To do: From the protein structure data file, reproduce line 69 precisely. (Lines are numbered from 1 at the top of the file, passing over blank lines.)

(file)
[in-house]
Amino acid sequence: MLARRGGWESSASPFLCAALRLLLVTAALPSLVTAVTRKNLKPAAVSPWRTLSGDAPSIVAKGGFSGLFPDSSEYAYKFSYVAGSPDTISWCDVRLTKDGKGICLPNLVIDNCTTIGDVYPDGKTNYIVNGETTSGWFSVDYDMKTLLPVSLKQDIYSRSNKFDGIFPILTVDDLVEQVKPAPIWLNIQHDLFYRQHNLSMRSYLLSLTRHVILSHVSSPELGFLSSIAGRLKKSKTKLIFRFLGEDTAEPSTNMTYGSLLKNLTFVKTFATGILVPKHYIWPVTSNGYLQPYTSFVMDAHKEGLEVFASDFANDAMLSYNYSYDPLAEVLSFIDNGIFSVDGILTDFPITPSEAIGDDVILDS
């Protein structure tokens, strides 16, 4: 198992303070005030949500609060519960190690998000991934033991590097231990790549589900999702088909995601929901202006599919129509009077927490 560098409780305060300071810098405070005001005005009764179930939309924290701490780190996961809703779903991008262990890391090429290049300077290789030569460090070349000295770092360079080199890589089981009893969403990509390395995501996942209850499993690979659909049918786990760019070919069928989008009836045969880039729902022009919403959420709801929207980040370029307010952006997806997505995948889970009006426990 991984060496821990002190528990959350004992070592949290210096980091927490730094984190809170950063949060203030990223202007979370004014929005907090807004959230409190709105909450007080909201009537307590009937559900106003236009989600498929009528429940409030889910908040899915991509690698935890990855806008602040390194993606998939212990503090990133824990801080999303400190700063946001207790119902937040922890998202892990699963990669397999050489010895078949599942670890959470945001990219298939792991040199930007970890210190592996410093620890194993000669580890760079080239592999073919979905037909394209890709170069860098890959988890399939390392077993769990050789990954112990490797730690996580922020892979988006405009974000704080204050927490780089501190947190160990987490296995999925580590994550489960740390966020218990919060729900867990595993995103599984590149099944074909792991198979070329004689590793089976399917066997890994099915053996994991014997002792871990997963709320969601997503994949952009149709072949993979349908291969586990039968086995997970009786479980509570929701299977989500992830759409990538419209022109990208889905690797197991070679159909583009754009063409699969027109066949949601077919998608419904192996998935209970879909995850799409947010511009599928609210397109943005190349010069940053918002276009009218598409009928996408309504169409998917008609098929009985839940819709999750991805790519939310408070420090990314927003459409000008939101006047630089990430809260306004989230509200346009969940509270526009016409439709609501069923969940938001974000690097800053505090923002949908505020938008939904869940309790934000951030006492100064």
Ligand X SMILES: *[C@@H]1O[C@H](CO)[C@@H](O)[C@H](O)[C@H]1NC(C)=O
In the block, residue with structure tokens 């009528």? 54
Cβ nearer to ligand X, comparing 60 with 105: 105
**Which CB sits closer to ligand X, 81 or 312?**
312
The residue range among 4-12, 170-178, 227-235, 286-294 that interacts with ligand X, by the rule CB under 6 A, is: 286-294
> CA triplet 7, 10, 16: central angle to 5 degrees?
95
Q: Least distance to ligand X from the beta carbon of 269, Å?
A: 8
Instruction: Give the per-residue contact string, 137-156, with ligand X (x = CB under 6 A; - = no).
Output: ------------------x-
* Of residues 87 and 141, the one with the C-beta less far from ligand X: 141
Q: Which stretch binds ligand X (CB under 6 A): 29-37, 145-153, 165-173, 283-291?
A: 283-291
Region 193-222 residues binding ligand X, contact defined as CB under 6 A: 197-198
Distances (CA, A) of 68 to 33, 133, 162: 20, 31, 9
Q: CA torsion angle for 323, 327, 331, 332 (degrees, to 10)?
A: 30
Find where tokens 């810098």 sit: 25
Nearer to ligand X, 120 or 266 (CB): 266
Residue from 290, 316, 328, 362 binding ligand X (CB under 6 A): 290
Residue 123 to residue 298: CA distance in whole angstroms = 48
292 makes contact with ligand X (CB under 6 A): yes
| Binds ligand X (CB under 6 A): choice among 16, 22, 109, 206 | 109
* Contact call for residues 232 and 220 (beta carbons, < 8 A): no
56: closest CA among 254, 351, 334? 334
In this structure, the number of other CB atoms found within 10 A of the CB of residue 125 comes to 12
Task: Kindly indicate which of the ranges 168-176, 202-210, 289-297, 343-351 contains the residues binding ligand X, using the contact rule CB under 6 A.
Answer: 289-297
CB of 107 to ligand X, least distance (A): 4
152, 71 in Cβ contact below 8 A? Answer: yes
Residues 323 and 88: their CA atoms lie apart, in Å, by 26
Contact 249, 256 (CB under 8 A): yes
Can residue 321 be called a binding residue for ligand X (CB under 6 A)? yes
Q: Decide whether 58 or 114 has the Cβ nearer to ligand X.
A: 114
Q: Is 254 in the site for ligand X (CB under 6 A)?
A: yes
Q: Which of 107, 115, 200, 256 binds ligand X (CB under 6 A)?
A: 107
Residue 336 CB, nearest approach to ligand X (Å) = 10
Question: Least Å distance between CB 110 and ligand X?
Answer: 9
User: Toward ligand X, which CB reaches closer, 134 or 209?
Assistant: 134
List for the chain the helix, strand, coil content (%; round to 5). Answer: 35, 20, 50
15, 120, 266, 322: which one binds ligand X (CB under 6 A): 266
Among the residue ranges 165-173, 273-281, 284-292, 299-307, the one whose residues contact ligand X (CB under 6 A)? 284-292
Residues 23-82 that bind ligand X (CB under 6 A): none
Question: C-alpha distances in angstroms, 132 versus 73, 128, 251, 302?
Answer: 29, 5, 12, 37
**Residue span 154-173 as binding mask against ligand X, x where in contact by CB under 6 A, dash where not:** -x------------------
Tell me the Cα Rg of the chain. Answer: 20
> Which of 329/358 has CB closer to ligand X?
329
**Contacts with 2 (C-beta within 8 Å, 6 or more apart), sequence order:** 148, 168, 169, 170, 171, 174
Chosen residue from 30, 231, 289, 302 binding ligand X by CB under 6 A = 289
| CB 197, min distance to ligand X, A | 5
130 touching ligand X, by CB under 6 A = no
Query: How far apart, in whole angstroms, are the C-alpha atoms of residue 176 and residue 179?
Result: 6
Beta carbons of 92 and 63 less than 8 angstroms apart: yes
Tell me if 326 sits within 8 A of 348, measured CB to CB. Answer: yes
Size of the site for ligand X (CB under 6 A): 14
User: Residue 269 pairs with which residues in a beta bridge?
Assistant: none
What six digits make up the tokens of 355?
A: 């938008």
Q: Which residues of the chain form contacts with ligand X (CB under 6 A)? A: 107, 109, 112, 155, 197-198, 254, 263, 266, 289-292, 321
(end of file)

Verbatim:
User: Residue 269 pairs with which residues in a beta bridge?